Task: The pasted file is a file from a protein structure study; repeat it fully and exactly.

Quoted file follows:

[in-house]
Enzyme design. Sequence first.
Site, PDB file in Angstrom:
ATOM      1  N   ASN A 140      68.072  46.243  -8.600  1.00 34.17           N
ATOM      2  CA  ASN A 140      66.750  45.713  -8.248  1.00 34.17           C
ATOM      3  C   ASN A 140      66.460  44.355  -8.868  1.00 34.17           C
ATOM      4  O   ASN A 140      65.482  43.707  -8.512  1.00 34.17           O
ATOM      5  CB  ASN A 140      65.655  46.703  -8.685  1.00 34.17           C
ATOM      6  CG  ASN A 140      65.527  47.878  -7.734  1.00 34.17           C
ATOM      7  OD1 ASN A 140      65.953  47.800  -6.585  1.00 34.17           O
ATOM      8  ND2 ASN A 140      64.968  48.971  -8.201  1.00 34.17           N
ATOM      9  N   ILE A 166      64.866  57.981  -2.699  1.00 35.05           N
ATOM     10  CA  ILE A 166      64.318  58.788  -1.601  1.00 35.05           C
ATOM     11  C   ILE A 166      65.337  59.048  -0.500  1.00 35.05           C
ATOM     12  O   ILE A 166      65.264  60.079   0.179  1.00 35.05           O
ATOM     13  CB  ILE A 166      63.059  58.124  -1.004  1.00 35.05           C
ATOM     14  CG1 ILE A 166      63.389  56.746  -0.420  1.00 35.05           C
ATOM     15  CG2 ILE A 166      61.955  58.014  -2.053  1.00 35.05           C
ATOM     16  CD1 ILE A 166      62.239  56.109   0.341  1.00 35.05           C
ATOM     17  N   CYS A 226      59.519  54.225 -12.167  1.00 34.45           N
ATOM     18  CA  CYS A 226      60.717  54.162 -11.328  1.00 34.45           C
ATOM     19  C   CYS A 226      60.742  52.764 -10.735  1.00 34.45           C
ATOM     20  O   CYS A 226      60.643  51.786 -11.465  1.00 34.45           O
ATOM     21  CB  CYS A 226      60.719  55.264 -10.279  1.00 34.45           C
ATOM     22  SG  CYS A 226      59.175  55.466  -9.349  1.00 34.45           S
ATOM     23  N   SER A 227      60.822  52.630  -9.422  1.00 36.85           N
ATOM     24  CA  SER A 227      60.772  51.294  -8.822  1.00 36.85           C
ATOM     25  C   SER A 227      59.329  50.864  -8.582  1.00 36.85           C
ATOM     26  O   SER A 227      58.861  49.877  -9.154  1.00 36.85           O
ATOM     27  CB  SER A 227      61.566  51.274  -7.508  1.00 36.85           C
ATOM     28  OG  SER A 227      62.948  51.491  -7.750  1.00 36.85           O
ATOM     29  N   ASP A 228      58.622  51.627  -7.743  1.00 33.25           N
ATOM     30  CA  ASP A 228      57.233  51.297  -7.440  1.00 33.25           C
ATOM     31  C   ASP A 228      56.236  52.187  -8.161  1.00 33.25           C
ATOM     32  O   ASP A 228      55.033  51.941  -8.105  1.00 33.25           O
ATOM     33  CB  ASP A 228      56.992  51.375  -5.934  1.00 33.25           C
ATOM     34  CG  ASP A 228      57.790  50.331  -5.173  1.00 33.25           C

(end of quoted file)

[in-house]
Enzyme design. Sequence first.
Site, PDB file in Angstrom:
ATOM      1  N   ASN A 140      68.072  46.243  -8.600  1.00 34.17           N
ATOM      2  CA  ASN A 140      66.750  45.713  -8.248  1.00 34.17           C
ATOM      3  C   ASN A 140      66.460  44.355  -8.868  1.00 34.17           C
ATOM      4  O   ASN A 140      65.482  43.707  -8.512  1.00 34.17           O
ATOM      5  CB  ASN A 140      65.655  46.703  -8.685  1.00 34.17           C
ATOM      6  CG  ASN A 140      65.527  47.878  -7.734  1.00 34.17           C
ATOM      7  OD1 ASN A 140      65.953  47.800  -6.585  1.00 34.17           O
ATOM      8  ND2 ASN A 140      64.968  48.971  -8.201  1.00 34.17           N
ATOM      9  N   ILE A 166      64.866  57.981  -2.699  1.00 35.05           N
ATOM     10  CA  ILE A 166      64.318  58.788  -1.601  1.00 35.05           C
ATOM     11  C   ILE A 166      65.337  59.048  -0.500  1.00 35.05           C
ATOM     12  O   ILE A 166      65.264  60.079   0.179  1.00 35.05           O
ATOM     13  CB  ILE A 166      63.059  58.124  -1.004  1.00 35.05           C
ATOM     14  CG1 ILE A 166      63.389  56.746  -0.420  1.00 35.05           C
ATOM     15  CG2 ILE A 166      61.955  58.014  -2.053  1.00 35.05           C
ATOM     16  CD1 ILE A 166      62.239  56.109   0.341  1.00 35.05           C
ATOM     17  N   CYS A 226      59.519  54.225 -12.167  1.00 34.45           N
ATOM     18  CA  CYS A 226      60.717  54.162 -11.328  1.00 34.45           C
ATOM     19  C   CYS A 226      60.742  52.764 -10.735  1.00 34.45           C
ATOM     20  O   CYS A 226      60.643  51.786 -11.465  1.00 34.45           O
ATOM     21  CB  CYS A 226      60.719  55.264 -10.279  1.00 34.45           C
ATOM     22  SG  CYS A 226      59.175  55.466  -9.349  1.00 34.45           S
ATOM     23  N   SER A 227      60.822  52.630  -9.422  1.00 36.85           N
ATOM     24  CA  SER A 227      60.772  51.294  -8.822  1.00 36.85           C
ATOM     25  C   SER A 227      59.329  50.864  -8.582  1.00 36.85           C
ATOM     26  O   SER A 227      58.861  49.877  -9.154  1.00 36.85           O
ATOM     27  CB  SER A 227      61.566  51.274  -7.508  1.00 36.85           C
ATOM     28  OG  SER A 227      62.948  51.491  -7.750  1.00 36.85           O
ATOM     29  N   ASP A 228      58.622  51.627  -7.743  1.00 33.25           N
ATOM     30  CA  ASP A 228      57.233  51.297  -7.440  1.00 33.25           C
ATOM     31  C   ASP A 228      56.236  52.187  -8.161  1.00 33.25           C
ATOM     32  O   ASP A 228      55.033  51.941  -8.105  1.00 33.25           O
ATOM     33  CB  ASP A 228      56.992  51.375  -5.934  1.00 33.25           C
ATOM     34  CG  ASP A 228      57.790  50.331  -5.173  1.00 33.25           C